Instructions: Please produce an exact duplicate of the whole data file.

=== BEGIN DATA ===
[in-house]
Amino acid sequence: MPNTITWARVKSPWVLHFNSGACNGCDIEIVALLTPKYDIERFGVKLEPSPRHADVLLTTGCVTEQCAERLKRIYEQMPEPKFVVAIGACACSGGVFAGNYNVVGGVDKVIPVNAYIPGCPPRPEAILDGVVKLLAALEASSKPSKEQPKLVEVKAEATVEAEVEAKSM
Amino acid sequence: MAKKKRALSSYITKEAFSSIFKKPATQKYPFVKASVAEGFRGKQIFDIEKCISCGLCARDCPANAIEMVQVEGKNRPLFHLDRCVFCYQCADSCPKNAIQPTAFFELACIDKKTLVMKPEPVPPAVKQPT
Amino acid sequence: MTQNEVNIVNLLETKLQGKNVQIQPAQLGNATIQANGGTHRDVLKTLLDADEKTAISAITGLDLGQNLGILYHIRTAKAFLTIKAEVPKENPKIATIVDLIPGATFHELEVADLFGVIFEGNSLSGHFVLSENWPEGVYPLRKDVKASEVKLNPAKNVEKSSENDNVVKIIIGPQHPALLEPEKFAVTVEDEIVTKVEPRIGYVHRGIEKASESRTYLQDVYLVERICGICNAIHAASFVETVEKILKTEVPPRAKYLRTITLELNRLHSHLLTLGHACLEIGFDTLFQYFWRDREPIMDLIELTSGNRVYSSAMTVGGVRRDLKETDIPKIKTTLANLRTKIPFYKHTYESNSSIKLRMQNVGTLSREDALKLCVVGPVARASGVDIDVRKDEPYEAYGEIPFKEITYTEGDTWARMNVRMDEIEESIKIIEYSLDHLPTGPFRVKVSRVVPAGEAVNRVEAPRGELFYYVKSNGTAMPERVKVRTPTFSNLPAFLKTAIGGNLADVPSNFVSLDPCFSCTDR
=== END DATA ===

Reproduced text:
[in-house]
Amino acid sequence: MPNTITWARVKSPWVLHFNSGACNGCDIEIVALLTPKYDIERFGVKLEPSPRHADVLLTTGCVTEQCAERLKRIYEQMPEPKFVVAIGACACSGGVFAGNYNVVGGVDKVIPVNAYIPGCPPRPEAILDGVVKLLAALEASSKPSKEQPKLVEVKAEATVEAEVEAKSM
Amino acid sequence: MAKKKRALSSYITKEAFSSIFKKPATQKYPFVKASVAEGFRGKQIFDIEKCISCGLCARDCPANAIEMVQVEGKNRPLFHLDRCVFCYQCADSCPKNAIQPTAFFELACIDKKTLVMKPEPVPPAVKQPT
Amino acid sequence: MTQNEVNIVNLLETKLQGKNVQIQPAQLGNATIQANGGTHRDVLKTLLDADEKTAISAITGLDLGQNLGILYHIRTAKAFLTIKAEVPKENPKIATIVDLIPGATFHELEVADLFGVIFEGNSLSGHFVLSENWPEGVYPLRKDVKASEVKLNPAKNVEKSSENDNVVKIIIGPQHPALLEPEKFAVTVEDEIVTKVEPRIGYVHRGIEKASESRTYLQDVYLVERICGICNAIHAASFVETVEKILKTEVPPRAKYLRTITLELNRLHSHLLTLGHACLEIGFDTLFQYFWRDREPIMDLIELTSGNRVYSSAMTVGGVRRDLKETDIPKIKTTLANLRTKIPFYKHTYESNSSIKLRMQNVGTLSREDALKLCVVGPVARASGVDIDVRKDEPYEAYGEIPFKEITYTEGDTWARMNVRMDEIEESIKIIEYSLDHLPTGPFRVKVSRVVPAGEAVNRVEAPRGELFYYVKSNGTAMPERVKVRTPTFSNLPAFLKTAIGGNLADVPSNFVSLDPCFSCTDR